Theodore Greene

Assistant Professor of Sociology

Teaching this semester

GSWS 2219/SOC 2219. Deconstructing Masculinities

An introduction to the sociological study of men and masculinities. Investigates debates about the historical, structural, cultural, and personal meanings constructed around masculinity. Explores how masculinity varies historically and across the life span; how it intersects with race, class, gender, sexuality, age, and ability; and how these constructions map onto male and female bodies. Examines how masculinities construct and reproduce power and inequality among men and between men and women. Topics also include, but are not limited to, the production and maintenance of masculinity, the male body, masculine cultures of sports, technology, violence and incarceration, female and queer masculinities.

SOC 2202. Cities and Society

Investigates the political, economic, and sociocultural development of cities and metropolitan areas with a focus on American cities and a spotlight on neighborhoods and local communities. Traces major theories of urbanization and considers how cities also represent contested sites where diverse citizens use urban space to challenge, enact, and resist social change on the local, state, and national levels. Topics include economic and racial/ethnic stratification; the rise and fall of suburban and rural areas; the production and maintenance of real and imagined communities; the production and consumption of culture; crime; immigration; sexuality and gender; and urban citizenship in the global city.

Theo Greene joined the faculty at Bowdoin in 2015. His research, writing, and teaching interests include urban and community sociology, sociological theory, sociology of sexualities, social movements, and the sociology of race, class, and gender.

Greene’s research broadly uses sexual communities to understand how the sociocultural and economic conditions associated with the postindustrial city shape and reconfigure how individuals conceptualize, identify to, and participate in local communities. His current book project, entitled Not in MY Gayborhood: Gay Neighborhoods and the Rise of the Vicarious Citizen, draws on ethnographic, archival, and interview data collected from iconic gay neighborhoods in Washington, DC and Chicago to develop a framework for understanding how community actors legitimate claims of ownership to a neighborhood community in the absence of residential, network, and material ties (vicarious citizenship).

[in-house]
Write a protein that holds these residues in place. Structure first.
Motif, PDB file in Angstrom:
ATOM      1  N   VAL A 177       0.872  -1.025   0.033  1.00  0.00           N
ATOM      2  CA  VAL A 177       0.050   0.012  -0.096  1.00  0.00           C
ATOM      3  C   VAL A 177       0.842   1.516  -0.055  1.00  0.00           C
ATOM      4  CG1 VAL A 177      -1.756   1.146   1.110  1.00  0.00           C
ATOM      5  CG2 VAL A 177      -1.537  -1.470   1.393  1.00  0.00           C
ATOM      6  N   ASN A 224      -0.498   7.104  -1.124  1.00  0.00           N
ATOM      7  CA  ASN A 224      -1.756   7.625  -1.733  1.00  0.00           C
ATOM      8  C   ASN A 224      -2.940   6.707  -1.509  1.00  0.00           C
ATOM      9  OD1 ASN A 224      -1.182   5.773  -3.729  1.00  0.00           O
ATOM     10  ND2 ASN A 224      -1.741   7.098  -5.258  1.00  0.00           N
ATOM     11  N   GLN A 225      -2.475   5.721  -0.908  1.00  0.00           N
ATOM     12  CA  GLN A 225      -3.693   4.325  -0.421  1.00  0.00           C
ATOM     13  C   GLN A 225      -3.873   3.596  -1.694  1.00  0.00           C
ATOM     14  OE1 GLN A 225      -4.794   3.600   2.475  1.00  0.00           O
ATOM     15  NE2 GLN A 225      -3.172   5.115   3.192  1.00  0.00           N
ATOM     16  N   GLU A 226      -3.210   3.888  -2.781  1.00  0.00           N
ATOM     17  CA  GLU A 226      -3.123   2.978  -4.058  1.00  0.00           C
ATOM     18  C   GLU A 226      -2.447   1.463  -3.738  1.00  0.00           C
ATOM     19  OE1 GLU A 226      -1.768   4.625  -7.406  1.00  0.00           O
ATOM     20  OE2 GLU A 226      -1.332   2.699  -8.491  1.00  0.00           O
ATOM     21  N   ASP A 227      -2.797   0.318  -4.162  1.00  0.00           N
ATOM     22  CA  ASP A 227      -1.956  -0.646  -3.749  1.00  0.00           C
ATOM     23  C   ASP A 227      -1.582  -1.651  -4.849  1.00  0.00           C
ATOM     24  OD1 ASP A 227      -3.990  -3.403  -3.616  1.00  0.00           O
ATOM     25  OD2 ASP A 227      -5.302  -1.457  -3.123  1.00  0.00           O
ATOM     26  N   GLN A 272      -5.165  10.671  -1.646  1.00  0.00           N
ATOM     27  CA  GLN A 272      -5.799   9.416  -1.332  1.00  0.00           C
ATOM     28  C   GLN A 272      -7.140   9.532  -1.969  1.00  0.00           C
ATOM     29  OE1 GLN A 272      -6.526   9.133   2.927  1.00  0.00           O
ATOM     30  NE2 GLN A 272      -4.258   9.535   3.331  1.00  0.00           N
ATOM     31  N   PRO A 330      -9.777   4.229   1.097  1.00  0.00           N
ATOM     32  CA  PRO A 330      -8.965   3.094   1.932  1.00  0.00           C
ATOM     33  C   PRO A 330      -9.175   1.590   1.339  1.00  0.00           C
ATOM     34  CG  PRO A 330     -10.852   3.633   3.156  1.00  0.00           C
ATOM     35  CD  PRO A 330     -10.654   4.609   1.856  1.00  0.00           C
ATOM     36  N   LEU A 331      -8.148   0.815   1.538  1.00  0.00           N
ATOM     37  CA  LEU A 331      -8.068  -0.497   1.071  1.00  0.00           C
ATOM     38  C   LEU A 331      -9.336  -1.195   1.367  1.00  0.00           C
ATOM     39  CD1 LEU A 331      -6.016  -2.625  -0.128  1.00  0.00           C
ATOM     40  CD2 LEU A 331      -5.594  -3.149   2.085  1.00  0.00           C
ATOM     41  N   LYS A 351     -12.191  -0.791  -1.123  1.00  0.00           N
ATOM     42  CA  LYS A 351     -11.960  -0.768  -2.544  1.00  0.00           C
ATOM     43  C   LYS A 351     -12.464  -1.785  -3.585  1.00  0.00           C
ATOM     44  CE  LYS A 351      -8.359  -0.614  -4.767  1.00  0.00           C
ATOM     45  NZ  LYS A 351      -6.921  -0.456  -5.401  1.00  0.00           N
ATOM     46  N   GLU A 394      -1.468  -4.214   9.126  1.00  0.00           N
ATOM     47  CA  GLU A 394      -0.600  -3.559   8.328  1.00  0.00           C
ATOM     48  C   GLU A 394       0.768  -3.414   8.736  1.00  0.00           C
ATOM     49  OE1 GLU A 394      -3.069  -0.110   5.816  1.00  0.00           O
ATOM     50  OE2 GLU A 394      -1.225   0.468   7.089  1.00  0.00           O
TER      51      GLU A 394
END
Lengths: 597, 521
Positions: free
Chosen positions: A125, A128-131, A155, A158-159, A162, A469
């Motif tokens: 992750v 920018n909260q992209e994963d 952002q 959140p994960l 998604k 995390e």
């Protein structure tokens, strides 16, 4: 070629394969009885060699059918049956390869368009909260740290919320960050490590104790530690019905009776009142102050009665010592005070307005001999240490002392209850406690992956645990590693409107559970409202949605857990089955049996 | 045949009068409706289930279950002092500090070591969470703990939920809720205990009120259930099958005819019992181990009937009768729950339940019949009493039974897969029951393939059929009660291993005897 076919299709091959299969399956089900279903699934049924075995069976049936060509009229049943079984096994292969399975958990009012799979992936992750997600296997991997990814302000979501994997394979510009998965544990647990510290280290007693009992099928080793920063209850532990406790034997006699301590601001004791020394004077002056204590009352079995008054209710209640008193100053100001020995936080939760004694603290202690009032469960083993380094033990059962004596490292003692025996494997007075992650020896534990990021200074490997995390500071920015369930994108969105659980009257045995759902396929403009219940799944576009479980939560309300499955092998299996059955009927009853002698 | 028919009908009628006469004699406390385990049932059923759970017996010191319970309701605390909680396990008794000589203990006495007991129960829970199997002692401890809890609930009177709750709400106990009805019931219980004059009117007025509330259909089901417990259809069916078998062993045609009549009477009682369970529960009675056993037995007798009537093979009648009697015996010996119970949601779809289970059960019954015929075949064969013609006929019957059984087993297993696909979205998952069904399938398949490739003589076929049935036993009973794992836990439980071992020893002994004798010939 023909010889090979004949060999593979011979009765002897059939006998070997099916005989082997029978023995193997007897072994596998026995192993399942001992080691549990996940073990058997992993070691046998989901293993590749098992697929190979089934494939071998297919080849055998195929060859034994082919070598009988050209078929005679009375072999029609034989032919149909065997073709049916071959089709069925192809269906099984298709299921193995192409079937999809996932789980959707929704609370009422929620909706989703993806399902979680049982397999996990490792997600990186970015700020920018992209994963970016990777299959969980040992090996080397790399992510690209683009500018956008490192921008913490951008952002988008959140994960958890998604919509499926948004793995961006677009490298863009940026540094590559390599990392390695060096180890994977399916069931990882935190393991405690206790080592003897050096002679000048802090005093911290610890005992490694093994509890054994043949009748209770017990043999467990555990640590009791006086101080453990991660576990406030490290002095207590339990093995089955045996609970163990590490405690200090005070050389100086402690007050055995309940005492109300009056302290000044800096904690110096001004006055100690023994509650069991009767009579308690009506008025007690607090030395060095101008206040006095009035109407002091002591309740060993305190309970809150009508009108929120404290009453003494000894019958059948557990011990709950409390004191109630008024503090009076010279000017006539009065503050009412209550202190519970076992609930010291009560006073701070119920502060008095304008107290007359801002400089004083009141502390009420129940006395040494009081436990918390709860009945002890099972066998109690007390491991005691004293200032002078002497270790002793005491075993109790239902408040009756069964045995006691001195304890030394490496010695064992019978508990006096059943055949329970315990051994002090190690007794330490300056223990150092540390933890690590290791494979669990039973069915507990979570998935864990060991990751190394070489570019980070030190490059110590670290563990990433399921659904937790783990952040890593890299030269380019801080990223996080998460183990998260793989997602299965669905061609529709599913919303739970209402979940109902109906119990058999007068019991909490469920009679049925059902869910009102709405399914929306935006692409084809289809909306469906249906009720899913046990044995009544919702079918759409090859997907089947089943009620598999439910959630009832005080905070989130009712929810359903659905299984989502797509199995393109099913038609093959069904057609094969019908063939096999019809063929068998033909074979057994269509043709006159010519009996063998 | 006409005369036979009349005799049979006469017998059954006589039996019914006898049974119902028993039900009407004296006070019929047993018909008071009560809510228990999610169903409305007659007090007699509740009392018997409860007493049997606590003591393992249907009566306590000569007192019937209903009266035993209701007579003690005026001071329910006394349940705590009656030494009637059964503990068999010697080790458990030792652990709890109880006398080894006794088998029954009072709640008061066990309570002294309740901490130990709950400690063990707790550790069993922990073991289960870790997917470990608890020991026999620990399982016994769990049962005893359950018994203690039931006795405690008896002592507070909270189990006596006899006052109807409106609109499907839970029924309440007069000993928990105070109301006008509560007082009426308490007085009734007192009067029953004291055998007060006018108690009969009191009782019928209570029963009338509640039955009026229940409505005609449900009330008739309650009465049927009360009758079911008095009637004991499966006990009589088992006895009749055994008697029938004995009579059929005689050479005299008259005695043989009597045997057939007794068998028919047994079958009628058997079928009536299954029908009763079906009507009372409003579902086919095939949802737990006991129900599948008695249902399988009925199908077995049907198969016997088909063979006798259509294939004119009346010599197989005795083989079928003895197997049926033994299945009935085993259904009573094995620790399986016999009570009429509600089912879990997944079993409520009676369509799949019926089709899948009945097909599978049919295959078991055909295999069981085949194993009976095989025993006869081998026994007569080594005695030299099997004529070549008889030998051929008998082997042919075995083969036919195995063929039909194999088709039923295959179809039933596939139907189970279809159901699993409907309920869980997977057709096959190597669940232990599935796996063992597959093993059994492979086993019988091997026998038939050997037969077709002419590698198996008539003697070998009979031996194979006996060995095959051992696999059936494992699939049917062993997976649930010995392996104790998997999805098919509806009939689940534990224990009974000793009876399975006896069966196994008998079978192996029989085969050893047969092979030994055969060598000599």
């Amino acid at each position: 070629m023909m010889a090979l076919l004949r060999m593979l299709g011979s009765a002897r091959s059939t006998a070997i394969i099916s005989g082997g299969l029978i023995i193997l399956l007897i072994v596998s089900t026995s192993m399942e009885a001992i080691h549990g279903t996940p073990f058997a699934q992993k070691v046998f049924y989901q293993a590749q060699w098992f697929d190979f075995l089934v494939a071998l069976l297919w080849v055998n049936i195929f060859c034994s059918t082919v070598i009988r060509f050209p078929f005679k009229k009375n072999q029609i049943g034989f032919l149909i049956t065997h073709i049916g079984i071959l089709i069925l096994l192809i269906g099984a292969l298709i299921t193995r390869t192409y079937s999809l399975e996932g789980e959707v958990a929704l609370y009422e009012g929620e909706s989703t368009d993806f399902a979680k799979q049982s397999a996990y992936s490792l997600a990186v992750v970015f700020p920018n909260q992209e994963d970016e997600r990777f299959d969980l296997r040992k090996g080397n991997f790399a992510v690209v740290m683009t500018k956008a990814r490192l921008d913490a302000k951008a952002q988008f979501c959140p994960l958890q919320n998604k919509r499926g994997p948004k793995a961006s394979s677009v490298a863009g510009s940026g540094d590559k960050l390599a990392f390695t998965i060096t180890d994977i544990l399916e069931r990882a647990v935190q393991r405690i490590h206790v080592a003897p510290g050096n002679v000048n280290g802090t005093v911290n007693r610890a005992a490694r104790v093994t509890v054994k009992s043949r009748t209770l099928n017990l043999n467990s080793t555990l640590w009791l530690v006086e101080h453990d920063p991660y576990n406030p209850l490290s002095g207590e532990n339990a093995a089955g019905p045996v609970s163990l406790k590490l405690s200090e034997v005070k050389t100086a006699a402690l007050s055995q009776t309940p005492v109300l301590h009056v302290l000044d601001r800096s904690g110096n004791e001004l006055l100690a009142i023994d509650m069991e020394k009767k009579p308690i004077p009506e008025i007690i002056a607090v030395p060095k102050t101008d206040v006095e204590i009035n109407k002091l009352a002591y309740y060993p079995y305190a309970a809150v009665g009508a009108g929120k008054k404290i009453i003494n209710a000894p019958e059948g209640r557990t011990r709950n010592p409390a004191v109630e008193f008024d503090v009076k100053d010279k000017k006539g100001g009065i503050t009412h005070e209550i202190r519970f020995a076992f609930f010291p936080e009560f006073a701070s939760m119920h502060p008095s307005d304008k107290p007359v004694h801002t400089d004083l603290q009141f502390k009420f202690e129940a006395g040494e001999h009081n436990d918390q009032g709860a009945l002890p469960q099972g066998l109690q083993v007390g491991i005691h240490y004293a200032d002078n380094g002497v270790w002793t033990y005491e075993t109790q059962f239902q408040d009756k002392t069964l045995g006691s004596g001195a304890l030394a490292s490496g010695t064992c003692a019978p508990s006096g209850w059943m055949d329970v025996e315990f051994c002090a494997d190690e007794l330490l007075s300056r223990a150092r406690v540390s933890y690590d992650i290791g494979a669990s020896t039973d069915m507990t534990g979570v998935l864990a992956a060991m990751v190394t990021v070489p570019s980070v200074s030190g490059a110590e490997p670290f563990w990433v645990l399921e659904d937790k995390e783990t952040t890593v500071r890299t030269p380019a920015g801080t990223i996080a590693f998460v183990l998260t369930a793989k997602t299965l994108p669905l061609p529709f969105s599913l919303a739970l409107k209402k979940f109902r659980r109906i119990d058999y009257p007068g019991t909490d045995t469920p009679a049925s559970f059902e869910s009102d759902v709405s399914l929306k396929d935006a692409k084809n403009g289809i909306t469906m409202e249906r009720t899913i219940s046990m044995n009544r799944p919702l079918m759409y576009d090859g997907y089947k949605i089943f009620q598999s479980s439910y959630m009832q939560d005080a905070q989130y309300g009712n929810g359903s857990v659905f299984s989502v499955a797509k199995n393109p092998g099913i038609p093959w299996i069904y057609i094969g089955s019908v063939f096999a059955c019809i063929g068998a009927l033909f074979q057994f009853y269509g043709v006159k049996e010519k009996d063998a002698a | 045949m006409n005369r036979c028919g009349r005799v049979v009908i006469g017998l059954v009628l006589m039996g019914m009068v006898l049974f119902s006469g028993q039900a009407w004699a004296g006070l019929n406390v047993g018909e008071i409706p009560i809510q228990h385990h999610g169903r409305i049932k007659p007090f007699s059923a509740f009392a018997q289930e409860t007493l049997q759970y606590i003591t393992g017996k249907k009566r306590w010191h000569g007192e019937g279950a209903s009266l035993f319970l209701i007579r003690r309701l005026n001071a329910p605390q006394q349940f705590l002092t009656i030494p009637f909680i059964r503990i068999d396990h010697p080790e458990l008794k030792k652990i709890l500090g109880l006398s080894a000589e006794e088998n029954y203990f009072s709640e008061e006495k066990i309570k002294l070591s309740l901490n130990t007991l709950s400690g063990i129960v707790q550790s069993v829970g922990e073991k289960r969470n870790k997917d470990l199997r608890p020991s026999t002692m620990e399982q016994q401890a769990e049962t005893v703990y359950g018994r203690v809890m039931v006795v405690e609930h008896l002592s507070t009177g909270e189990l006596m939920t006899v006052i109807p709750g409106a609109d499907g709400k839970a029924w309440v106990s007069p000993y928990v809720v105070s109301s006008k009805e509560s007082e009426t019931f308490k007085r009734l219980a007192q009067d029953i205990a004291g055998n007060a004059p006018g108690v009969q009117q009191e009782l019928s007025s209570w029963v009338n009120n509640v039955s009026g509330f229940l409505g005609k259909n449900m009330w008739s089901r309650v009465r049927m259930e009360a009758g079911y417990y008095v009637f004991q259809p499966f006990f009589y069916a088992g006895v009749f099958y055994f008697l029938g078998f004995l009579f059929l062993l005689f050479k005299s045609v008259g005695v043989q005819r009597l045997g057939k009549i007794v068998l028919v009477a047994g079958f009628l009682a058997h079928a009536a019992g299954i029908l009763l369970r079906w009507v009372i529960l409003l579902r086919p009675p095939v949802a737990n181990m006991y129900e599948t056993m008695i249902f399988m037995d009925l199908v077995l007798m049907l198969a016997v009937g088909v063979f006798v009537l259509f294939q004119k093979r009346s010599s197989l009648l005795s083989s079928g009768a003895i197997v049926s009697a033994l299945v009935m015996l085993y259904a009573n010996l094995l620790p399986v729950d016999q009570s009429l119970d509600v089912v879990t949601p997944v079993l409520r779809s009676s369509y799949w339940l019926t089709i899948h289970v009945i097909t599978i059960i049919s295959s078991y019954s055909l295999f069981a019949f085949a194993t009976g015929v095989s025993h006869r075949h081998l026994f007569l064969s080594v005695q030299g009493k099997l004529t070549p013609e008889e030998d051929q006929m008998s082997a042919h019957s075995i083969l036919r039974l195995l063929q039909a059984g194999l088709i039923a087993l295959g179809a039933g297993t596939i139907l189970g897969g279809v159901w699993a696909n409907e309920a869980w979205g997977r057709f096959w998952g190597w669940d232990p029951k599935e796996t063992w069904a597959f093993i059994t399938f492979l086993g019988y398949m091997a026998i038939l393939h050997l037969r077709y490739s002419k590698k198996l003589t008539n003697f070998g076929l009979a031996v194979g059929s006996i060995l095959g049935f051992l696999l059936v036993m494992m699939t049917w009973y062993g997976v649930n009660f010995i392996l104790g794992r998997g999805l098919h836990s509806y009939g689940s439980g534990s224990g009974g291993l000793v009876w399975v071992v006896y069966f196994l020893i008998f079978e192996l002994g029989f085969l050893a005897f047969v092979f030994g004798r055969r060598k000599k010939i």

In addition to his ongoing research, Greene is looking forward to incorporating Maine in two projects currently under development: an investigation of how iconic gay neighborhoods adapt to accommodate the increasing needs of LGBT Seniors in cities; and a study on the recent phenomenon of “Brooklynization” in U.S. Cities, based largely in and around Portland neighborhoods.

Education

  • Ph.D. in Sociology and Graduate Certificate in Gender and Sexuality Studies, Northwestern University, 2015
  • M.A. in Sociology, Northwestern University, 2008
  • A.B. in English and History, Georgetown University, 2002

Publications

In Process.
“Street Corner Citizenships: Gay Neighborhoods, Vicarious Citizenship, and the Self-Enfranchisement of LGBT Youth.”

“The Multidimensionality of Safe Spaces.”

Forthcoming.
“Queer Street Families: Place-making and Community Among LGBT Youth of Color in Iconic Gay Neighborhoods.” In After Marriage: The Future of LGBT Research and Scholarship, Vol. 1: Queer Families and Relationships

After Marriage. Michael Yarborough, Angela Jones, and Joseph Nicholas DeFilippis, eds. New York: Routledge.

“Aberrations of Home: Experiences of Community in Gay Neighborhoods as GBQ Men of Color.” The Handbook of Research for Black Males, Theodore Ransaw, et al., eds. East Lansing: Michigan State University Press.

2014.
“Gay Neighborhoods and the Rights of the Vicarious Citizen.” City &Community 13(2): 99 – 118.

Presentations

2017
Speaker. “Street-Corner Citizenship: Queer Youth Placemaking in Iconic Gay Neighborhoods,” American University, October 26.

Presenter. American Sociological Association Annual Meeting, August 12 – 15, Montreal, Quebec, Canada, “Queer Youth Placemaking in Iconic Gay Neighborhoods.” Thematic Session: “Mobilizing Culture in Divided Cities.”

Presenter. American Sociological Association Annual Meeting, August 12 – 15, Montreal, Quebec, Canada, “Aberrations of Home: Gay Neighborhoods and the Experiences of Community Among GBQ Men of Color.”

Critic. Eastern Sociological Association, February 23 – 26, Philadelphia, PA “Author-Meets-Critics Session of School’s Out: Gay and Lesbian Teachers in the Classroom by Catherine Connell (University of California Press, 2015).

“Street-Corner Citizenship: Gay Neighborhoods, Vicarious Citizenship, and the Self-Enfranchisement of Queer Youth,” UC Irvine, Department of Sociology Colloquium Series, January 12.

2016
Presenter. CLAGS After Marriage Conference, October 1 – 2, John Jay College of Criminal Justice, New York, NY “Street Corner Citizenship: Gay Neighborhoods, Vicarious Citizenship, and the Self-Enfranchisement of Queer Youth.”

Panelist. “The Many Nations of the Midcoast,” Think and Drink (Rockland, ME), Maine Humanities Council, December 8. “Gentrification and the Politics of Place,” A Conversation with Brian McCabe – Georgetown University, October 11.

2015
Presenter. Property: Rights of Ownership and Responsibilities of Stewardship in Multidisciplinary Perspective, October 17, Bates College, Lewiston, ME “Street Corner Citizenship: Gay Neighborhoods, Vicarious Citizenship, and the Self-Enfranchisement of Queer Youth.”

Presenter. American Sociological Association Annual Meeting, August 17 – 21, Chicago, IL “Gay Neighborhoods and the Self-Enfranchisement of Queer Youth.”